“As a private company, we will have the opportunity to accelerate our growth through investments in our technology, people and go-to-market,” said Tufin CEO Ruvi Kitov. “The team at Turn/River specializes in helping software companies like Tufin, and with their partnership and expertise I am confident that we will be able to achieve our long-term goals faster.” Raises $100 Million at $1.2 Billion Valuation to Become Israel’s Newest Unicorn has raised a $100 million Series D round at a $1.2 billion valuation. The pace at which new companies have joined Israel’s unicorn list has significantly slowed in 2022 compared to last year, but’s announcement on Thursday also stands out due to its sector of activity. The company develops an AI-powered disease detection and care coordination platform which is already in use in over 1,000 hospitals, serving millions of patients. Over the past year, launched AI-driven solutions for aortic disease, pulmonary embolism, cerebral aneurysms, and is 510(k) pending for subdural hematoma. co-founder and CTO Dr. David Golan told Calcalist that the company is comfortable with its new valuation. “Our new valuation reflects our growth very well. Our valuation has grown just as our revenue has grown. We still haven’t used the money from our previous funding round and we now have money for the next four years. I’m not that interested in our valuation right now but rather where we will be in four years when our valuation is going to be far more significant,” explained Golan. “The investment market is tougher now than it was a year ago, but Viz brings something special to the table. Very few companies have a network with over 1,000 hospitals and the ability to generate significant business, which is something that gets VC funds excited.”

The Series D was led by Tiger Global and Insight Partners. Also joining the round were several of the company’s early backers including Scale Ventures, Kleiner Perkins, Threshold, Google Ventures, Sozo Ventures, CRV, and Susa.’s previous round was in March of last year when it raised $71 million. The company has raised a total of $250 million to date. has created a synchronized system of action for hospitals that delivers critical diagnostic data at decision-making moments and is clinically validated to improve patient care. solves the fundamental problem of connecting radiologists, emergency physicians, and primary care practitioners to the optimal specialists for a particular disease in order to facilitate care coordination and ensure optimized and consistent care pathways, reducing variability. It combines actionable computational diagnostics and precision medicine to make a significant improvement to patient outcomes and the financial efficiency of a health system. has dominated the stroke detection and triage market with the de novo FDA clearance of its stroke module and was the first AI software to receive approval from CMS for NTAP (New Technology Add-on Payment). Current customers include Mount Sinai Health System, HCA Healthcare, UPMC, and CommonSpirit Health.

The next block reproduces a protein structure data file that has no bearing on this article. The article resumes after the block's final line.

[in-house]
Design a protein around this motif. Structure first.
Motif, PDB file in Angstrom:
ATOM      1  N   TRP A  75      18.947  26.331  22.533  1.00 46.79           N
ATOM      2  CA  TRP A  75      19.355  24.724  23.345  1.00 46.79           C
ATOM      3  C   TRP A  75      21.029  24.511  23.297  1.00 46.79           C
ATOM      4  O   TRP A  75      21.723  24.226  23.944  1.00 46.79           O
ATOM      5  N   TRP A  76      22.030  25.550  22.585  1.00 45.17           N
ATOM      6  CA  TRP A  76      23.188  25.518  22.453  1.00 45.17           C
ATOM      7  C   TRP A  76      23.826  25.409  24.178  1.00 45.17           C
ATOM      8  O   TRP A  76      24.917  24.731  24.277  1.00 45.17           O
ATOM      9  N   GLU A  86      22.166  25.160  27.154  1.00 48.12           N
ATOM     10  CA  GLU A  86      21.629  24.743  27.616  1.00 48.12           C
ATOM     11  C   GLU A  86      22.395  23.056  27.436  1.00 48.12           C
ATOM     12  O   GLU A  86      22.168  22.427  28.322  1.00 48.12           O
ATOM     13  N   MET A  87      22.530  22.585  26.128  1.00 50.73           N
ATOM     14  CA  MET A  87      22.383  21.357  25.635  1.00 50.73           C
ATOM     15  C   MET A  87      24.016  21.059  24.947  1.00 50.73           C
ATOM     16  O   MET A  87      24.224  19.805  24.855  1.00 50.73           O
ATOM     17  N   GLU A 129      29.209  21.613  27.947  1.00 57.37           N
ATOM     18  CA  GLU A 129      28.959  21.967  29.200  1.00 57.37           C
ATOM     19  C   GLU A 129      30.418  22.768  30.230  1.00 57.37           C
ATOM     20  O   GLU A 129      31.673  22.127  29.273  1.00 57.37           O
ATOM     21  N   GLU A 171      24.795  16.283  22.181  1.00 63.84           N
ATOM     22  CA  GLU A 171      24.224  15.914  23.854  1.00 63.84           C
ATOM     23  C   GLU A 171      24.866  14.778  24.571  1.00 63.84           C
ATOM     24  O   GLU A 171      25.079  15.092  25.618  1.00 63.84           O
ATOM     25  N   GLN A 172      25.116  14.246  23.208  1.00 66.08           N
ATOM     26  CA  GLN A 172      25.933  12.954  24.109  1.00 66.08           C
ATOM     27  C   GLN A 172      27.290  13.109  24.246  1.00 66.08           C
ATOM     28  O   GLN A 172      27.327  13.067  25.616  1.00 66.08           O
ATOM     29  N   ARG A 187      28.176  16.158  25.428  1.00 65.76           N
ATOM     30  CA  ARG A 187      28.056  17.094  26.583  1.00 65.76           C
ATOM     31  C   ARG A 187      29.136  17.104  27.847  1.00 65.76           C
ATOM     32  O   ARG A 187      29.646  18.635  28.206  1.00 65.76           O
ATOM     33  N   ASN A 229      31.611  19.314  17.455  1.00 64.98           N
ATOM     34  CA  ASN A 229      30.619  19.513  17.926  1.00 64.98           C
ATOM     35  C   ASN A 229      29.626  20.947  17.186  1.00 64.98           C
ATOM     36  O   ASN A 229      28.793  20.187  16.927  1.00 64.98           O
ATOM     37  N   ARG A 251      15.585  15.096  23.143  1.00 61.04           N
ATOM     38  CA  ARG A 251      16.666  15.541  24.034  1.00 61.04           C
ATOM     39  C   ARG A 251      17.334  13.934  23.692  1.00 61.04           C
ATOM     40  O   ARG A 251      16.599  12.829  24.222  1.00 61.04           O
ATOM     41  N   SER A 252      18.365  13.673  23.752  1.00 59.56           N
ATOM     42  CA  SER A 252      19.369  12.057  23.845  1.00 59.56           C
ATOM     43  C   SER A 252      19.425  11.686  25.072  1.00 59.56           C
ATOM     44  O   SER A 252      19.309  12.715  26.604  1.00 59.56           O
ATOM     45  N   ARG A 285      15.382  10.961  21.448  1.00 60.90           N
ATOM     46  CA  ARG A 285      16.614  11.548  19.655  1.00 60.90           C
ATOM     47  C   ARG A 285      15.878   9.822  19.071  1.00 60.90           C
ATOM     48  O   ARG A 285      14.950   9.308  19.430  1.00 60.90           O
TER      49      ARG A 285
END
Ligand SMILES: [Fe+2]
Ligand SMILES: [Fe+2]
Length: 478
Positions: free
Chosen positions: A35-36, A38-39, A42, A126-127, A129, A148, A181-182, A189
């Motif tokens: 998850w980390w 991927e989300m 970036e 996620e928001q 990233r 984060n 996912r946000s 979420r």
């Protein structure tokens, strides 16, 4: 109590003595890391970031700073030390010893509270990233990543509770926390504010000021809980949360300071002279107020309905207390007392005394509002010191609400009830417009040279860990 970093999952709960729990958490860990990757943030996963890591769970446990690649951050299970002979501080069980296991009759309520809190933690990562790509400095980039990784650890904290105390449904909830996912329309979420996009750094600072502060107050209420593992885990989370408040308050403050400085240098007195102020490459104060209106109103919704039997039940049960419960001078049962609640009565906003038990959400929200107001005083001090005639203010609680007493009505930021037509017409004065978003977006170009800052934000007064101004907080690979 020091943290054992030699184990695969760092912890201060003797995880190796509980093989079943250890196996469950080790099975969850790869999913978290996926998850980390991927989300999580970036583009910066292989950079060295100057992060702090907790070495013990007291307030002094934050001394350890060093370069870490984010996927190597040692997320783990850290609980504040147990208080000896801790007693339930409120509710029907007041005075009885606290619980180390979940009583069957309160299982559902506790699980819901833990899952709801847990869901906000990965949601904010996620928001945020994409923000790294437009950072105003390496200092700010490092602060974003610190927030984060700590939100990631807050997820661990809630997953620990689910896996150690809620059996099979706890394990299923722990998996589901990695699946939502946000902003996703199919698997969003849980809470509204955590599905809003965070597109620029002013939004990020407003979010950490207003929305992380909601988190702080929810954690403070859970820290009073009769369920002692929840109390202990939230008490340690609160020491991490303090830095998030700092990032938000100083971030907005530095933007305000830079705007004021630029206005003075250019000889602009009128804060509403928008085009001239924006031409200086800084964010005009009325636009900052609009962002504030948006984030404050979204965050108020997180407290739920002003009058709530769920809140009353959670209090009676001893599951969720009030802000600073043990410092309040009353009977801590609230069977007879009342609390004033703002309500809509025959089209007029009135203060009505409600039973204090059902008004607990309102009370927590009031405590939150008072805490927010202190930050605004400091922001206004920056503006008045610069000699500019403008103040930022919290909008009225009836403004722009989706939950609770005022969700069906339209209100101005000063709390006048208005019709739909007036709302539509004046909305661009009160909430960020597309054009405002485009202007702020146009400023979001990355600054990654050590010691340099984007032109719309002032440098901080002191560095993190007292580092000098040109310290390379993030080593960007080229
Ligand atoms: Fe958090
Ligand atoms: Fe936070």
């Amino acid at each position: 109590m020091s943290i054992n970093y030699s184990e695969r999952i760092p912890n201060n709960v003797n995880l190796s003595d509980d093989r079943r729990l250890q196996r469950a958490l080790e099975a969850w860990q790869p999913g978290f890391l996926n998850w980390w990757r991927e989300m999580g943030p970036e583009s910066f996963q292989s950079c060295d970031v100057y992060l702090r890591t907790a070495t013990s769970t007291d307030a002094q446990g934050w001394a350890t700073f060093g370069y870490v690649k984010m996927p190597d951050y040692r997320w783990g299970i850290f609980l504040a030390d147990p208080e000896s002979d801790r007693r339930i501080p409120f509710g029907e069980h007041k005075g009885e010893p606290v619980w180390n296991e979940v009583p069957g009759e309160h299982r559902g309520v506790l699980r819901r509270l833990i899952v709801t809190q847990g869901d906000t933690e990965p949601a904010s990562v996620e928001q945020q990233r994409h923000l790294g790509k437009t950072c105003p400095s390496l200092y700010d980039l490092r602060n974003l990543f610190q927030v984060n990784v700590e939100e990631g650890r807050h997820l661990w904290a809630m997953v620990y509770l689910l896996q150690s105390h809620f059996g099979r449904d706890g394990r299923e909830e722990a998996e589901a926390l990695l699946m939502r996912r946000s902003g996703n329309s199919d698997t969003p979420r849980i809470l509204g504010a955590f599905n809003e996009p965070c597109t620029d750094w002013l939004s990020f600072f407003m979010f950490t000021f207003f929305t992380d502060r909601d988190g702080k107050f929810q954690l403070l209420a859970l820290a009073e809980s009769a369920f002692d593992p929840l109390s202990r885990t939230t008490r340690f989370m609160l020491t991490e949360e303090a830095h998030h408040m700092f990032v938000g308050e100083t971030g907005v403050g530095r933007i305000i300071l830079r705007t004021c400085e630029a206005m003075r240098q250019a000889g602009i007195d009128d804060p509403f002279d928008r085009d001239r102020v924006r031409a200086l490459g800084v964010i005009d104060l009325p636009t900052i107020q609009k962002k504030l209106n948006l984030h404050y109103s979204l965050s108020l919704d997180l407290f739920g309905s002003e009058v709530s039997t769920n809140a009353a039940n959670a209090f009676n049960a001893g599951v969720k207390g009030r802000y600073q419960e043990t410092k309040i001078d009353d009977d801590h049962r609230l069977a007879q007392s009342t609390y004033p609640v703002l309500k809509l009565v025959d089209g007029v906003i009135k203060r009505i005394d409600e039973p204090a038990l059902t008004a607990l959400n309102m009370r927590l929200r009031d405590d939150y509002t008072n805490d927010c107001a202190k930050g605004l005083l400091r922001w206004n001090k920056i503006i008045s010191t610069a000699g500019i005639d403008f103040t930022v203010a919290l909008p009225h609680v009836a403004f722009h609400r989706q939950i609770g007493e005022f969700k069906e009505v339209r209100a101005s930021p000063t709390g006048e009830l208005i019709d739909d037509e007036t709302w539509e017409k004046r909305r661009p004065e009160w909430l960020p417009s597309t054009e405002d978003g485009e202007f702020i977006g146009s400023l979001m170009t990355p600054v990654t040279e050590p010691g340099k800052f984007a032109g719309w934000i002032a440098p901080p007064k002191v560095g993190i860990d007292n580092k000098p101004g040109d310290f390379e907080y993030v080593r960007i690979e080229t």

Israeli drama ‘The Lesson’ receives top prize at Canneseries film festival
“The Lesson,” an Israeli drama highlighting political and educational tensions in Israel, on Wednesday received the Best Series award at this year’s Canneseries festival in France.

Maya Landsmann, who plays the heroine in the show and attended the last Canneseries event for her appearance in “Sad City Girls,” received the prize for best performance.

The show, created by the Kan public broadcaster, was described by Albin Lewi, the festival’s artistic director, as presenting “a social phenomenon” in Israel.

He added that the list of winners exemplified the “great variety” of the participating contestants.

The Israeli drama traces the repercussions of a political discussion that quickly escalates between a teacher and his student, at a time when social networks and disinformation exacerbate the tensions.

In 2018, the Israeli show “When Heroes Fly” was crowned best series at the prestigious festival.
Erdan Leads Mock Passover Seder for UN Ambassadors, Invokes Ukrainian Freedom
Israeli Ambassador to the United Nations Gilad Erdan hosted an early Passover seder on Wednesday at the United Nations.

About 50 ambassadors from countries all around the world, including the United States, Ukraine, Japan, Mexico, Argentina and Hungary, participated in the service and meal. They were served traditional Passover food and learned about the ceremony, its meaning, rituals and customs from leaders of the organization Aish.

Erdan initiated the event to strengthen the knowledge and understanding of ambassadors to the United Nations about the history of the Jewish people, the journey from slavery to freedom and the Jewish values that are reflected in the holiday customs, such as the struggle against oppression and slavery for freedom, the “Four Questions,” the four sons and more.

The group even sang the song, “Dayenu.”

He then universalized the message by invoking current events—namely, Russia’s invasion of Ukraine, which has caused millions to flee as refugees since the war started on Feb. 24.

“As Israel’s ambassador, witnessing the atrocities in Ukraine continue makes me think that if Israel is faced with an existential threat, no international agreement or international organization will come to our rescue. We can only rely on ourselves,” he said.

Holocaust Survivor, Subject of Oscar and Emmy-Winning Film, Dies at 97
Holocaust survivor and Presidential Medal of Freedom recipient Gerda Weissmann Klein died on Sunday at age 97.

Born in 1924 in Poland, she survived three Nazi concentration camps, where she almost died from exhaustion, overwork and a forced death march through her native country, Germany and the Czech Republic. Though she survived, both of her parents and brother died in the Holocaust. After World War II, she married Kurt Klein, a soldier and one of her American liberators, and they moved to the United States.

Weissmann Klein wrote 10 books, including her autobiography “All But My Life,” which was made in 1995 into a 40-minute documentary short called “One Survivor Remembers.”

The film won an Emmy for Outstanding Informational Special and an Oscar for Best Documentary (Short Subject). “One Survivor Remembers” is now part of the National Film Registry and is available for educators as a part of the Southern Poverty Law Center’s Teaching Tolerance program, according to Deadline.

In 1997, Weissmann Klein was appointed to the United States Holocaust Memorial Museum’s Governing Council by then-President Bill Clinton.

She served as keynote speaker at the inaugural UN International Holocaust Remembrance Day in 2006; two years later, she co-founded the non-profit organization Citizenship Counts, which educates students about their rights and responsibilities as US citizens.